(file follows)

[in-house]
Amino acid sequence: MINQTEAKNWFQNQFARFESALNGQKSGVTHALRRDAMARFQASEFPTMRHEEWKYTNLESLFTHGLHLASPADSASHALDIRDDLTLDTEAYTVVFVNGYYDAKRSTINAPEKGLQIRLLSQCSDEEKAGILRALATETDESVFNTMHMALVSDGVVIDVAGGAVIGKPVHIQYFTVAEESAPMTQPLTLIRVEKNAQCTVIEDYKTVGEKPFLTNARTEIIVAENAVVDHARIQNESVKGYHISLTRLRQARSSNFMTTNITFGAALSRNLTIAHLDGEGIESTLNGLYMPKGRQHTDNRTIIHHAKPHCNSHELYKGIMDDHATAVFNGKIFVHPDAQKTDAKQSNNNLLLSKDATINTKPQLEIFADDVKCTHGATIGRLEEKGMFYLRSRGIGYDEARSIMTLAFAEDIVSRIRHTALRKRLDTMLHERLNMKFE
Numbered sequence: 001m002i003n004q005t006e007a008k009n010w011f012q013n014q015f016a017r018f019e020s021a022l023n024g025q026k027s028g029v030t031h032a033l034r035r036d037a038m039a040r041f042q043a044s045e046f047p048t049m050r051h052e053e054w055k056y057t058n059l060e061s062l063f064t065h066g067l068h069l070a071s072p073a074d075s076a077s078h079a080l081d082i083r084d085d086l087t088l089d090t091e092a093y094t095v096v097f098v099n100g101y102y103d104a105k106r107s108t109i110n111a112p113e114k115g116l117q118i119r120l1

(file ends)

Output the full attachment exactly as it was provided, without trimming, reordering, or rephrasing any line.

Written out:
[in-house]
Amino acid sequence: MINQTEAKNWFQNQFARFESALNGQKSGVTHALRRDAMARFQASEFPTMRHEEWKYTNLESLFTHGLHLASPADSASHALDIRDDLTLDTEAYTVVFVNGYYDAKRSTINAPEKGLQIRLLSQCSDEEKAGILRALATETDESVFNTMHMALVSDGVVIDVAGGAVIGKPVHIQYFTVAEESAPMTQPLTLIRVEKNAQCTVIEDYKTVGEKPFLTNARTEIIVAENAVVDHARIQNESVKGYHISLTRLRQARSSNFMTTNITFGAALSRNLTIAHLDGEGIESTLNGLYMPKGRQHTDNRTIIHHAKPHCNSHELYKGIMDDHATAVFNGKIFVHPDAQKTDAKQSNNNLLLSKDATINTKPQLEIFADDVKCTHGATIGRLEEKGMFYLRSRGIGYDEARSIMTLAFAEDIVSRIRHTALRKRLDTMLHERLNMKFE
Numbered sequence: 001m002i003n004q005t006e007a008k009n010w011f012q013n014q015f016a017r018f019e020s021a022l023n024g025q026k027s028g029v030t031h032a033l034r035r036d037a038m039a040r041f042q043a044s045e046f047p048t049m050r051h052e053e054w055k056y057t058n059l060e061s062l063f064t065h066g067l068h069l070a071s072p073a074d075s076a077s078h079a080l081d082i083r084d085d086l087t088l089d090t091e092a093y094t095v096v097f098v099n100g101y102y103d104a105k106r107s108t109i110n111a112p113e114k115g116l117q118i119r120l1